FBK Economic Club experts on the relationship between economic growth and real household income


Rosstat statistics suggests economic upturn, but what brought about the current economic growth in Russia? How this growth tells on real household income? Is this positive growth trend driven by structural changes in the national economy? These and a host of other matters were in the focus of discussion at a meeting of the FBK Economic Club.

Rosstat (Federal State Statistics Service) survey findings suggest that the economy in 1Q 2017 has grown by 0.5 per cent, while the estimates suggest that the economy has grown in April and May by 1.4 and 1.7 per cent, respectively. Meanwhile, as explained by Igor Nikolayev, FBK Partner, Director of Institute for Strategic Analysis, real household income has been diminishing for the fourth straight year. As recently as in 2016, real household earnings shrank by 5.9 per cent, while in January-May 2017 they dropped by 1.8 per cent. Besides, the structure of earnings is changing. Social benefits have reached in 2016 historic highs since a Soviet era making 19.2percent, while their share was 11.6 per cent in 2007. However, increased share of social payments is not necessarily translated into increased earnings of the general public. Revenues generated by businesses have hit all-time lows, as few as 7.8 per cent, whereas they were the highest ever in 1993.

“Indeed, household income is going to depend more on government payments than the earner’s business activities. This very well explains the situation where household earnings growth rate is inconsistent with economic growth rate, Igor Nikolayev says. And where economic growth is not translated into improved living standards, this is not growth, this is lame growth.”

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While on this subject, Natalya Akindinova, Director of the HSEs Center of Development Institute, noted that the growth we are seeing today cannot be characterised as sustainable economic growth. Current statistics is quite difficult to evaluate because Rosstat has adopted a new classification framework, while economic processes are of a divergent nature. We are seeing positive trends in manufacturing sectors, whereas nonmanufacturing activities, specifically privately supplied and paid services, are demonstrating negative performance. On average, the economy is balancing around a zero level.

There are, therefore, no grounds for increased household earnings yet, because the economy of this country has always been and continues to be a commodity-based economy and its growth is much dependent on crude oil prices, while household income depends on inflation rates that are not directly dependent on oil prices, Natalya Akindinova noted.

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Mikhail Andreyev, Senior fellow of the Structural Research Laboratory of RANEPA provided his commentaries on social and economic forecasts published by the Ministry of Economic Development. The Ministrys hopes are that the countrys GDP will have grown by some 2 per cent p.a., the inflation will be kept at 4 per cent, all of this being in the face of the Russian Rouble weakening against the US dollar to 70 roubles.

Mikhail Andreyev summarised by saying, «Our studies suggest that certain expectations will be difficult to translate into reality. First, if we rule out the oil factor, a 2-percent expectation is too high. To reach the expectation, lending to manufacturing sector should be increased, at the same time deposits in a banking sector should be increased, which requires decreasing the loan rates, while increasing the deposit rates. However, from the banking sectors perspective, this is unattainable. Current deposits are not enough to ensure a 2-percent growth of GDP, that is why banks will have to rely on external borrowings, which means strengthening the Russian Rouble, which further contradicts to the predicted weakening of the currency rate.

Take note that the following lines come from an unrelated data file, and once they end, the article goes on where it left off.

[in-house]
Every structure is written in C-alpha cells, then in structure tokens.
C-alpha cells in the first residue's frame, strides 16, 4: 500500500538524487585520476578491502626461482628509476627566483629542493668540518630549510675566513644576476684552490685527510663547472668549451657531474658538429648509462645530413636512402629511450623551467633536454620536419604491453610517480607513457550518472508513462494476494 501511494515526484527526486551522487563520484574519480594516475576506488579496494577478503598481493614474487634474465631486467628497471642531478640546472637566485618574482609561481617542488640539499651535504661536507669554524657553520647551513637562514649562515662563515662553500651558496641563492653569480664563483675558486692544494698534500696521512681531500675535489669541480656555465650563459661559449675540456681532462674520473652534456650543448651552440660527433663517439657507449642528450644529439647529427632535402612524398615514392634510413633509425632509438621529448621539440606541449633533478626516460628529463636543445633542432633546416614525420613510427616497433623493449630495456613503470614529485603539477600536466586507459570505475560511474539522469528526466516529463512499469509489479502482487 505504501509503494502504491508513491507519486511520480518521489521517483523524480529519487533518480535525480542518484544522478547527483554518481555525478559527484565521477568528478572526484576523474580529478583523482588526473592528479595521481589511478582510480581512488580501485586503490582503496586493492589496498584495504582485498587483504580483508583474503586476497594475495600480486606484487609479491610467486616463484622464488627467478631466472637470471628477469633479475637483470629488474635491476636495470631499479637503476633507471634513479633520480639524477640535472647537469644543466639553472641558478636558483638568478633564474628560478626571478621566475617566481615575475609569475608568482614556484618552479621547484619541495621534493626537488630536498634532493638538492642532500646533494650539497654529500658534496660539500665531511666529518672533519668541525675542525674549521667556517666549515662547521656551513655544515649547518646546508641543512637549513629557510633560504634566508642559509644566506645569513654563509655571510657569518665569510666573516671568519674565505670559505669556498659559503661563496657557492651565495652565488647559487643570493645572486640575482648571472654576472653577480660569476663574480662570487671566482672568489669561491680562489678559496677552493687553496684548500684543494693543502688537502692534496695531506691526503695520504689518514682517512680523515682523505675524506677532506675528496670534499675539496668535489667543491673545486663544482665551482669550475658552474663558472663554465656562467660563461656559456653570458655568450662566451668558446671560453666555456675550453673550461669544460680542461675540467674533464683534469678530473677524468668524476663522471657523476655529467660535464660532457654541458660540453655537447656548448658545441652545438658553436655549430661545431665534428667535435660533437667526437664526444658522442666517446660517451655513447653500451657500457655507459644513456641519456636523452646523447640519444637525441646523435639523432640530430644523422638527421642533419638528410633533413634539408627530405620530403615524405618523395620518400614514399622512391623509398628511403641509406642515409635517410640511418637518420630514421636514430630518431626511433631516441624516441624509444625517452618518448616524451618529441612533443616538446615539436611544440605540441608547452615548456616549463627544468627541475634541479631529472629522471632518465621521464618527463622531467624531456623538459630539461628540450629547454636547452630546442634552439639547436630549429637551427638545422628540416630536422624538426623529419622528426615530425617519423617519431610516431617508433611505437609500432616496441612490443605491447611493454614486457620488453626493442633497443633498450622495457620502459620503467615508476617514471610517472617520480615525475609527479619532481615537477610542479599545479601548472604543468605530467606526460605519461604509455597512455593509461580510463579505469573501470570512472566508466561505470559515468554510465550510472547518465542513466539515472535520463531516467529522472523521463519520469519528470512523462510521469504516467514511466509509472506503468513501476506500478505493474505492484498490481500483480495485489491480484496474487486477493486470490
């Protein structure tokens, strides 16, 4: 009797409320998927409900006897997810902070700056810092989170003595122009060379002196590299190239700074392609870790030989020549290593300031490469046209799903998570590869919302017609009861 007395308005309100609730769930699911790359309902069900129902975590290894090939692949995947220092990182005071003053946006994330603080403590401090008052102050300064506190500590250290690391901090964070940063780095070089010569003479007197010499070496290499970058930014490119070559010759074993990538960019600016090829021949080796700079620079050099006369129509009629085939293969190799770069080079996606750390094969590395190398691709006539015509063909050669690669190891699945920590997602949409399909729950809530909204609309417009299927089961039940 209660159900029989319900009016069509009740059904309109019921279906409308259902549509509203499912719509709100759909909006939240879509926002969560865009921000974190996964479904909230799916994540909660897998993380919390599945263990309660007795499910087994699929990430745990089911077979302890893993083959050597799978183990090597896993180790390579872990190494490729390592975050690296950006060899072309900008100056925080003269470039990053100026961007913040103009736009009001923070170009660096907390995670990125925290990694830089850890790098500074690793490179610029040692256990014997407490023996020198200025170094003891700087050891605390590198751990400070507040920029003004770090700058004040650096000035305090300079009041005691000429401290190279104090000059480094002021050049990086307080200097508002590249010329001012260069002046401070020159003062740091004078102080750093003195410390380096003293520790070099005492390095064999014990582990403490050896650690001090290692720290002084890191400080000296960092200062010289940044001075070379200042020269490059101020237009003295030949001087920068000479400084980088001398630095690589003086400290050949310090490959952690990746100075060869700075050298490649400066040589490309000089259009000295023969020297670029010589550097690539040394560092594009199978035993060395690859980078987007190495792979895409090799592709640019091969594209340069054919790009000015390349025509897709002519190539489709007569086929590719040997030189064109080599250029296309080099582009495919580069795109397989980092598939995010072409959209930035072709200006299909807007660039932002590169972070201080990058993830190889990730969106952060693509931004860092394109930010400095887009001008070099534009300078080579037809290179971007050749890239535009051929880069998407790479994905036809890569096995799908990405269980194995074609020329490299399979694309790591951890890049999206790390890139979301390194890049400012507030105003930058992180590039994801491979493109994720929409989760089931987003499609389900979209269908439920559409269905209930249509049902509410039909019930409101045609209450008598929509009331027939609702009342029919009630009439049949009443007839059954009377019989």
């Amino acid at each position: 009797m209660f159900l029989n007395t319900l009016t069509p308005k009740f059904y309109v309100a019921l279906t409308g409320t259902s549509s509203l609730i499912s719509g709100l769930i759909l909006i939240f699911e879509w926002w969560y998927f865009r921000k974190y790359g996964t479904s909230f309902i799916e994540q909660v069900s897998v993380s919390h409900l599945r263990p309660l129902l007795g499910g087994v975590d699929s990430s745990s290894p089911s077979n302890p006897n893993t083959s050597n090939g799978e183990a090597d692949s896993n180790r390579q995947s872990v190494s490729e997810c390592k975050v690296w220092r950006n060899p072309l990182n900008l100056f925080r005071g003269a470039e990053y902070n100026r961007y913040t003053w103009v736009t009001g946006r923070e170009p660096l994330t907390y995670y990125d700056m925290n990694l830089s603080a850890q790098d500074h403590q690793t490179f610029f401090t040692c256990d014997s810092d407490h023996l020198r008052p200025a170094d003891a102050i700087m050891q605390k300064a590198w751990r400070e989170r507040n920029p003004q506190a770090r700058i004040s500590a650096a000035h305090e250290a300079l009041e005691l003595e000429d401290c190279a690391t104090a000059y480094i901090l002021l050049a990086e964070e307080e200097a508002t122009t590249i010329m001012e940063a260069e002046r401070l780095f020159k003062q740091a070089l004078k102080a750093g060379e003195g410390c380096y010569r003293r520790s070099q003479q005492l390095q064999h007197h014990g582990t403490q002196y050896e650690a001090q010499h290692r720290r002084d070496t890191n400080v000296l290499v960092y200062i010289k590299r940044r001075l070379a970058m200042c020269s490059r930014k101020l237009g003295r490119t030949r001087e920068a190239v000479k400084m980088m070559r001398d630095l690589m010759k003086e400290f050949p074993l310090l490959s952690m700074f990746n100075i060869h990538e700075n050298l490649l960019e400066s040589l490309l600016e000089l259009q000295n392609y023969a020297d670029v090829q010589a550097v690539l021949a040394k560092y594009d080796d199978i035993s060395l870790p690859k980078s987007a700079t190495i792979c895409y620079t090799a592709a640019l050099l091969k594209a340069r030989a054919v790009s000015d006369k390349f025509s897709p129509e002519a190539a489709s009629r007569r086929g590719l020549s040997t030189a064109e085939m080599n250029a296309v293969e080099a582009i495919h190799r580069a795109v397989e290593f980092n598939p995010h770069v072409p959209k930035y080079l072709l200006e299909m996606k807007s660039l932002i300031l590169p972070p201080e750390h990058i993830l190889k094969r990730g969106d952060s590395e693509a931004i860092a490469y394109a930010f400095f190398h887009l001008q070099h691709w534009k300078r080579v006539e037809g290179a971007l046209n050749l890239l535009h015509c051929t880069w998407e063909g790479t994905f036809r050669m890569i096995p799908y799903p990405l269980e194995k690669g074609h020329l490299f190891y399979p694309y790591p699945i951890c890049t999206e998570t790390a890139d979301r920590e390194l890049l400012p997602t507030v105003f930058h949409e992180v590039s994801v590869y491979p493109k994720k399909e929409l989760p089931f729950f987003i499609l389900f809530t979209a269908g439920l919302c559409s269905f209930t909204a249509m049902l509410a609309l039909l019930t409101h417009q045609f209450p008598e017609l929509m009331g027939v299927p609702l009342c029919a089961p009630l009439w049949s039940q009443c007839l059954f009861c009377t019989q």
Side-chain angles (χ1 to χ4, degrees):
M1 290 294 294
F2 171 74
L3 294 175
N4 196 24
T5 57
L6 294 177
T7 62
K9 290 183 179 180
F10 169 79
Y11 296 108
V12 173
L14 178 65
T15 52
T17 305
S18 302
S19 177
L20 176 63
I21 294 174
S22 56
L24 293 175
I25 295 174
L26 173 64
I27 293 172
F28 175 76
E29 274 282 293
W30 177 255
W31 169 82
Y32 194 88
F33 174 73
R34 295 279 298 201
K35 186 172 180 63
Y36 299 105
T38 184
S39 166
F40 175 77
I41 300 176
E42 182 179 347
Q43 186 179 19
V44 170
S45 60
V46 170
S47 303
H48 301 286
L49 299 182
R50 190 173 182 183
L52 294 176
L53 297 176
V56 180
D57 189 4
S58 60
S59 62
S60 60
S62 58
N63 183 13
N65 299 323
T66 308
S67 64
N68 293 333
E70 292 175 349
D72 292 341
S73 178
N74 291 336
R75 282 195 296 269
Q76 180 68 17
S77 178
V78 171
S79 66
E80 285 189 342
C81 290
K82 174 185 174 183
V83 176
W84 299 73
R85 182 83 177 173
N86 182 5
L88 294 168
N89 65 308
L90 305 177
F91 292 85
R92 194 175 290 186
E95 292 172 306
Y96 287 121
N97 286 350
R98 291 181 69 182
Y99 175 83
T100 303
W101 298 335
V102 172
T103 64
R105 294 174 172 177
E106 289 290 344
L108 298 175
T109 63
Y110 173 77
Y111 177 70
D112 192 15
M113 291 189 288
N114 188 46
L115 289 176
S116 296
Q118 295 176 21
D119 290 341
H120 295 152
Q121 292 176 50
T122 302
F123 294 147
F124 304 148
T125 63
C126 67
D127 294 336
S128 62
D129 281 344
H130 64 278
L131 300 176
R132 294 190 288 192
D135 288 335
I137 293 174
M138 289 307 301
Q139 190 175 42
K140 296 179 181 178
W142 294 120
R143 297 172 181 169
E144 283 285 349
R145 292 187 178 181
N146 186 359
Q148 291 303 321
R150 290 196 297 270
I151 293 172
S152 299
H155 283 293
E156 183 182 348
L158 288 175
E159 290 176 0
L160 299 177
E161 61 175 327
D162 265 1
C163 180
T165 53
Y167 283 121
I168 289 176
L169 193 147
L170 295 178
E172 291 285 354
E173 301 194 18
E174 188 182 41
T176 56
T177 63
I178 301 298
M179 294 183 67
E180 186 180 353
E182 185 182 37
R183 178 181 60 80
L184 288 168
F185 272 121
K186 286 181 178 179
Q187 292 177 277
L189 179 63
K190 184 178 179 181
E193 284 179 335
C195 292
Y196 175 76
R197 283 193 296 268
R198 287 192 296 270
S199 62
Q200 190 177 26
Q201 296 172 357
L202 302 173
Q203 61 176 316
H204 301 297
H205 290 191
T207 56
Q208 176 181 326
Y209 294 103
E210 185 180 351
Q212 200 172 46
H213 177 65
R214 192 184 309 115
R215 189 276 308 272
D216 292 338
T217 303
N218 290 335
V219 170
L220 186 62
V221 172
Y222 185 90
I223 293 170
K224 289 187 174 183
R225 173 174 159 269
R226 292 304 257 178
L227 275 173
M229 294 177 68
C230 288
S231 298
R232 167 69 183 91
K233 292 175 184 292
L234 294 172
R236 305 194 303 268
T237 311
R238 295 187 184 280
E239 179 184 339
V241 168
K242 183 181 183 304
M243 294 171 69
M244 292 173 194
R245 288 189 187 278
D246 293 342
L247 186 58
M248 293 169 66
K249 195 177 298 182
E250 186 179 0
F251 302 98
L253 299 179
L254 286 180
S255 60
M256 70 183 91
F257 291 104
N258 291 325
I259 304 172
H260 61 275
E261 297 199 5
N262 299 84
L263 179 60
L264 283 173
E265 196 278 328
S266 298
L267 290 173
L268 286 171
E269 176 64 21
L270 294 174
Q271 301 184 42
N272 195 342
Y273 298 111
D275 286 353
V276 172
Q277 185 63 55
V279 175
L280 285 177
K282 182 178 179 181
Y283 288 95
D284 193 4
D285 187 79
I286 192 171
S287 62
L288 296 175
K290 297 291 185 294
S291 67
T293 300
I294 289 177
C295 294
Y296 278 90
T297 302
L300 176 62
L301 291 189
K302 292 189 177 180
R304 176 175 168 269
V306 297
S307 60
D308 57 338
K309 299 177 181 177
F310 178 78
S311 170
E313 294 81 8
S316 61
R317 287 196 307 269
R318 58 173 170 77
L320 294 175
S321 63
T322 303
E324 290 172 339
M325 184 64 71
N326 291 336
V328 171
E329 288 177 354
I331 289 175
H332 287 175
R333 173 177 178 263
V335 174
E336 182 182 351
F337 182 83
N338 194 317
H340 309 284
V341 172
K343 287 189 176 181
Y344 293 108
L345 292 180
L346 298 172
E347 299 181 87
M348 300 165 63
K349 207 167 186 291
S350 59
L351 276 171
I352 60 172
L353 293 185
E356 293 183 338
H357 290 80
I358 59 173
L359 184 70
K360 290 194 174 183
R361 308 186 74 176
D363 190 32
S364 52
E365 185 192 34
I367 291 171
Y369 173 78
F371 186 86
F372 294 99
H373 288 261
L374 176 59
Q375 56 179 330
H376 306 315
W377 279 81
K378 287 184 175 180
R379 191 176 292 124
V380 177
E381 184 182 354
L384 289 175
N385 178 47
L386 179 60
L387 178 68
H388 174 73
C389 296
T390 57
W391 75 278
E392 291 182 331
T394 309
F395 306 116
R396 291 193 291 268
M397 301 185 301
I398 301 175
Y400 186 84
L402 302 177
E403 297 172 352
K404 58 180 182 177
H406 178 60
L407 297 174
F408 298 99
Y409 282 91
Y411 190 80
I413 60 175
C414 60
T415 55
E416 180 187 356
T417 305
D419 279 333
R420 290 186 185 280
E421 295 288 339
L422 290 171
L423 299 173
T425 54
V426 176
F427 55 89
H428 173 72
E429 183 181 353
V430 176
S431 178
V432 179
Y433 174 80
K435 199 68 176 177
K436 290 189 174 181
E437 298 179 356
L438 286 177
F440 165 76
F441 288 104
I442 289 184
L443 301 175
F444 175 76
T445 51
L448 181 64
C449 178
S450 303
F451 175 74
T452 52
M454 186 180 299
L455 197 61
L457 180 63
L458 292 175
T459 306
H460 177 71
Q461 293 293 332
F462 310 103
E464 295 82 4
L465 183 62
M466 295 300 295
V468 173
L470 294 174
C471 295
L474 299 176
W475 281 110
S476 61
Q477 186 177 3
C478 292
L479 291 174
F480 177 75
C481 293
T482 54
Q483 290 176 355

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Taking the floor in turn, Evsey Gurvich, the Head of Economic Expert Group, started by offering an optimistic view on the current economic situation. In his opinion, the economy will no longer be falling, the economic downturn has come to an end, and the price of the recession could have been higher than we expected. The economy is growing in the face of increased oil price by 20 per cent. However, the bad news is that despite evident signs of growth, there havent been any signs of a new growth model since a Soviet era. The growth is still dependent on oil prices and is translated into the expanded production capacity without improved production efficiency, without improved quality of goods. Even this model offers a room for improvement for Russia.

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One of the specific features of the Russian economy is a weak reaction to price signals, Evsey Gurvich explained, Countries with a more flexible economy may even gain from depreciation as the exports are soaring. The Russian economy accommodates crisis in a passive fashion by decreasing domestic demand, decreasing import to support the balance of payments. The economy gains nothing from increasing exports. For instance, when the exchange rate weakens, say, by 10 per cent in South Korea, the countrys current transaction balance decreases by 11 per cent, whereas in Russia such balance decreases as little as 1.5 per cent.

FBK Economic Club is a unique discussion forum which facilitates expert insights exchange between mass media and renowned economists, politicians and government officials. The Clubs meetings also feature presentation of FBK research papers.


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